Optimizing Development, Manufacturing, and Technology Transfer in the Outsourced Relationship - Pharmaceutical Technology

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Optimizing Development, Manufacturing, and Technology Transfer in the Outsourced Relationship
The author analyzes a project for an injectable drug for which a new drug application was submitted to FDA as a case study of a multifaceted collaborative approach between a CMO and a sponsor.

Pharmaceutical Technology
pp. s38-s42

Successful product development and technology transfer between a CMO and the sponsor company requires a multifaceted collaborative approach. The author analyzes a project for an injectable drug for which a new drug application was submitted to FDA. The project required collaboration in development, manufacturing, and technology transfer; resource allocation of scientific and manufacturing staff; project management; and the resolution of related technical issues.

A generic injectable drug was to be developed and manufactured in two strengths and supplied in flexible bags for sale in Canada, Australia, Europe, and the United States. The client planned to submit a new drug application (NDA) for FDA approval. This submission required demonstrating to FDA that the contract manufacturing organization (CMO), Laboratorios Grifols, was capable of manufacturing highly safe medicines of the quality demanded by the US market. The challenge of manufacturing a product that would be submitted for FDA approval involved adapting the existing quality system to FDA requirements.

All the CMO production facilities had implemented the same quality management system (QMS), and parametric release was authorized in 2007. The QMS includes European Medicines Agency (EMA) GMPs for medicines, ISO certifications, and FDA GMPs for medical devices. The challenge was to incorporate FDA GMPs for medicines into the QMS with as little upheaval as possible. The dilemma was adapting the QMS to FDA requirements concurrent to developing the medicine, which required teamwork between R&D, manufacturing, and quality assurance departments to, for example, improve master batch records, implement changes in manufacturing procedures, and improve deviation management.

Fortunately, the FDA inspection of the CMO’s facilities did not require the company to modify any of the production processes, other than those modifications already contemplated for the project. Some secondary non-crucial working procedures did require some adjustments, which were completed over a two-month period.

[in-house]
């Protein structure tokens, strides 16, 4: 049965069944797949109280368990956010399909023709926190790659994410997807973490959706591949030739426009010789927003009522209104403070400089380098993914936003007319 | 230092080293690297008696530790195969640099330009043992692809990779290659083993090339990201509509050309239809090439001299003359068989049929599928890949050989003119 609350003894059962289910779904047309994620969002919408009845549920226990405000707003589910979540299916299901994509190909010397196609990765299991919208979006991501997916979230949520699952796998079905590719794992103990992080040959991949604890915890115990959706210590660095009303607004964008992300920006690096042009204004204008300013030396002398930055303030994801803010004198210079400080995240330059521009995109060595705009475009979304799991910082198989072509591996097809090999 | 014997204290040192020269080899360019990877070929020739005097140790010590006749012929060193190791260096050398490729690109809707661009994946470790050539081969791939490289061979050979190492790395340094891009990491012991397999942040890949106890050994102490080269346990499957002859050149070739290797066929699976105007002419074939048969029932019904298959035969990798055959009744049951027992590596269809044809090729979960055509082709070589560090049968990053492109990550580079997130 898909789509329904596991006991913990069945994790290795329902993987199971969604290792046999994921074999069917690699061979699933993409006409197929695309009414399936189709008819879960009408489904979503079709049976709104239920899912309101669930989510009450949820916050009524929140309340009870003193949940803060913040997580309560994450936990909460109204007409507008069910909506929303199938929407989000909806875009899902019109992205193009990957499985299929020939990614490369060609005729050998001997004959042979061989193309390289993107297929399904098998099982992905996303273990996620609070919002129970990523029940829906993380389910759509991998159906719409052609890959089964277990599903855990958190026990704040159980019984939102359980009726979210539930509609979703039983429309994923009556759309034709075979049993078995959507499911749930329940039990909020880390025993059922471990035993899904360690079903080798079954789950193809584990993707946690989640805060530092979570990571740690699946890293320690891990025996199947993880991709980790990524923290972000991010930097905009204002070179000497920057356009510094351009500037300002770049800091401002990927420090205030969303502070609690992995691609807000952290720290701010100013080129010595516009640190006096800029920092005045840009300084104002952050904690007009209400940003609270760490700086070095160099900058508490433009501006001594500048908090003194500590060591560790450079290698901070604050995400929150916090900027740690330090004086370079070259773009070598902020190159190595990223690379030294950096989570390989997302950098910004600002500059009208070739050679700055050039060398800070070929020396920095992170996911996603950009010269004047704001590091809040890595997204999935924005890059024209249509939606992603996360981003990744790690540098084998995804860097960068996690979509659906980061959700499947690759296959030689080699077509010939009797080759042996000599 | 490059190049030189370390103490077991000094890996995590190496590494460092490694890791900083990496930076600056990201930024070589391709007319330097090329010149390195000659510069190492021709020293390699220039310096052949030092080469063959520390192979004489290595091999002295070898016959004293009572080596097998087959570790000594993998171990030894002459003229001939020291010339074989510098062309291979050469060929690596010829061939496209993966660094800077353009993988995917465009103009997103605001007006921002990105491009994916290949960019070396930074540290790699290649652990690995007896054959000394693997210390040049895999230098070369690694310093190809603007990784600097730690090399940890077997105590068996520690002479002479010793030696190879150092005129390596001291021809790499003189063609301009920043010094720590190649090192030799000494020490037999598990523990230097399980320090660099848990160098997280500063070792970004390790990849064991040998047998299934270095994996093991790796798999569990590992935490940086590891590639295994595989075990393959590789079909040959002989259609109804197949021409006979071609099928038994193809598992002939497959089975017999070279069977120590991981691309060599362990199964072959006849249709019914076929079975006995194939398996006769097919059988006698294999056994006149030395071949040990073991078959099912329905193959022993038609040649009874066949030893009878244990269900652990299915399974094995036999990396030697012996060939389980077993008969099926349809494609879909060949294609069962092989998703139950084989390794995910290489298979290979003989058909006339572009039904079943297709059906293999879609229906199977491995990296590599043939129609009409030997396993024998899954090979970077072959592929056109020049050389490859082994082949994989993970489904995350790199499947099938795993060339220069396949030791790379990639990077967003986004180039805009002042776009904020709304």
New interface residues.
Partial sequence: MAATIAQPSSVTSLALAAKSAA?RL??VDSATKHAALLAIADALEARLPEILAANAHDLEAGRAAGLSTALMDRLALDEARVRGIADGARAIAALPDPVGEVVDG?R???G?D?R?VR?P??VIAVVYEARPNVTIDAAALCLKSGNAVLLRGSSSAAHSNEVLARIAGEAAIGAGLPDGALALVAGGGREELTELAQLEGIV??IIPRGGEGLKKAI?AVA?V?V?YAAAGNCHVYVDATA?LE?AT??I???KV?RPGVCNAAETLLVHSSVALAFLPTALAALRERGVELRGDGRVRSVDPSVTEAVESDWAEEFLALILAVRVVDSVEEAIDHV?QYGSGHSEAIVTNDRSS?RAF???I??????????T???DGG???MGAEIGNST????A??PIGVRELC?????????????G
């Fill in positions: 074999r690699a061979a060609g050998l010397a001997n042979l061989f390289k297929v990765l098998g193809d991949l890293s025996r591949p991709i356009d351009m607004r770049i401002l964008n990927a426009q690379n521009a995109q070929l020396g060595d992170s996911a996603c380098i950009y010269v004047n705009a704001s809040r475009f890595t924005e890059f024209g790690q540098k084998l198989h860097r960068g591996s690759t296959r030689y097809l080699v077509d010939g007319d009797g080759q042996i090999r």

Establishing the team
One of the major hurdles required Grifols to be flexible and to incorporate the client’s requirements with a minimum impact to the company’s own structure and working procedures. This meant adapting to the customer without compromising the company’s own work philosophy. Third-party project management requires the same amount of dedication and commitment as for one of the company’s own products, because this is the only way to transmit integrity, inspire confidence, and establish clear and honest communication with the client.

Grifols needed to bring together a multi-disciplinary team of professionals. Each member of the team would have to be highly flexible and fully committed to the assignment; they would need to adopt a proactive attitude, have the ability to recognize the pitfalls that would inevitably arise, and provide adequate solutions. The first step was to decide upon a team that would guarantee agile communication with the client and that would respond effectively throughout the different stages of the project from the early development stages to placing the product in the market. The team included the following profiles:


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